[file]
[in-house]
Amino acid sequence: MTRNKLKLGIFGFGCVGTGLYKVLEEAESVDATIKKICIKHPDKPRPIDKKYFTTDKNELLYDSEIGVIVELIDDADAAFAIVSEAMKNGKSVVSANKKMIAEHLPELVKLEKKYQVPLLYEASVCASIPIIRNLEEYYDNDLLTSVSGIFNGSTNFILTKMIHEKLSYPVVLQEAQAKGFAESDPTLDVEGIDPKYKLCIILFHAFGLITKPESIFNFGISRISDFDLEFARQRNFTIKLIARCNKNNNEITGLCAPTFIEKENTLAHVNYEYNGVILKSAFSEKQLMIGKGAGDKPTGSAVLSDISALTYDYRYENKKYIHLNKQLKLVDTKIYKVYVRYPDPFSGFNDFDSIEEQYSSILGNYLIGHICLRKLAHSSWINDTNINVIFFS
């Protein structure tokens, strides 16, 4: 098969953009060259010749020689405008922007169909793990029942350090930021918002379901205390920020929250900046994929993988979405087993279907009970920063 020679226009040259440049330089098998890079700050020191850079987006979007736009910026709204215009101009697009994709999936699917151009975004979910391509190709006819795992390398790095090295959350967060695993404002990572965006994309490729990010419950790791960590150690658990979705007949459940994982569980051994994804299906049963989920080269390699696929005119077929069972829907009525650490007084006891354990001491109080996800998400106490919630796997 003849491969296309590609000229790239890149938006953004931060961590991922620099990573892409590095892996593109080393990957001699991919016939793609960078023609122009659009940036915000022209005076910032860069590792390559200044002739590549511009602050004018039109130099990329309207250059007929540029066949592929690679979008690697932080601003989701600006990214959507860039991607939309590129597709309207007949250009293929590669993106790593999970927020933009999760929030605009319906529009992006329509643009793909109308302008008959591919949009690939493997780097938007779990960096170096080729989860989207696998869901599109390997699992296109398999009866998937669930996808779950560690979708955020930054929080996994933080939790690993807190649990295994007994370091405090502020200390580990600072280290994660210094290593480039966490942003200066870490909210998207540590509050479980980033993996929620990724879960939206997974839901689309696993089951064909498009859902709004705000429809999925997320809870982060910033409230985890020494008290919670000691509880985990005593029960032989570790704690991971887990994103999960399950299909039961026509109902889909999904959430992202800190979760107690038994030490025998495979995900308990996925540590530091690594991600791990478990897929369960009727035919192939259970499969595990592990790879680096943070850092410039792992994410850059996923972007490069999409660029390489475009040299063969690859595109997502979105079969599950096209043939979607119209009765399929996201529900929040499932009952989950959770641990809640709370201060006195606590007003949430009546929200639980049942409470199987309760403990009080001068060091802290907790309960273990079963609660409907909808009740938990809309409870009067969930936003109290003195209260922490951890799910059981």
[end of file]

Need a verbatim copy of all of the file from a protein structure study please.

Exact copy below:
[in-house]
Amino acid sequence: MTRNKLKLGIFGFGCVGTGLYKVLEEAESVDATIKKICIKHPDKPRPIDKKYFTTDKNELLYDSEIGVIVELIDDADAAFAIVSEAMKNGKSVVSANKKMIAEHLPELVKLEKKYQVPLLYEASVCASIPIIRNLEEYYDNDLLTSVSGIFNGSTNFILTKMIHEKLSYPVVLQEAQAKGFAESDPTLDVEGIDPKYKLCIILFHAFGLITKPESIFNFGISRISDFDLEFARQRNFTIKLIARCNKNNNEITGLCAPTFIEKENTLAHVNYEYNGVILKSAFSEKQLMIGKGAGDKPTGSAVLSDISALTYDYRYENKKYIHLNKQLKLVDTKIYKVYVRYPDPFSGFNDFDSIEEQYSSILGNYLIGHICLRKLAHSSWINDTNINVIFFS
């Protein structure tokens, strides 16, 4: 098969953009060259010749020689405008922007169909793990029942350090930021918002379901205390920020929250900046994929993988979405087993279907009970920063 020679226009040259440049330089098998890079700050020191850079987006979007736009910026709204215009101009697009994709999936699917151009975004979910391509190709006819795992390398790095090295959350967060695993404002990572965006994309490729990010419950790791960590150690658990979705007949459940994982569980051994994804299906049963989920080269390699696929005119077929069972829907009525650490007084006891354990001491109080996800998400106490919630796997 003849491969296309590609000229790239890149938006953004931060961590991922620099990573892409590095892996593109080393990957001699991919016939793609960078023609122009659009940036915000022209005076910032860069590792390559200044002739590549511009602050004018039109130099990329309207250059007929540029066949592929690679979008690697932080601003989701600006990214959507860039991607939309590129597709309207007949250009293929590669993106790593999970927020933009999760929030605009319906529009992006329509643009793909109308302008008959591919949009690939493997780097938007779990960096170096080729989860989207696998869901599109390997699992296109398999009866998937669930996808779950560690979708955020930054929080996994933080939790690993807190649990295994007994370091405090502020200390580990600072280290994660210094290593480039966490942003200066870490909210998207540590509050479980980033993996929620990724879960939206997974839901689309696993089951064909498009859902709004705000429809999925997320809870982060910033409230985890020494008290919670000691509880985990005593029960032989570790704690991971887990994103999960399950299909039961026509109902889909999904959430992202800190979760107690038994030490025998495979995900308990996925540590530091690594991600791990478990897929369960009727035919192939259970499969595990592990790879680096943070850092410039792992994410850059996923972007490069999409660029390489475009040299063969690859595109997502979105079969599950096209043939979607119209009765399929996201529900929040499932009952989950959770641990809640709370201060006195606590007003949430009546929200639980049942409470199987309760403990009080001068060091802290907790309960273990079963609660409907909808009740938990809309409870009067969930936003109290003195209260922490951890799910059981």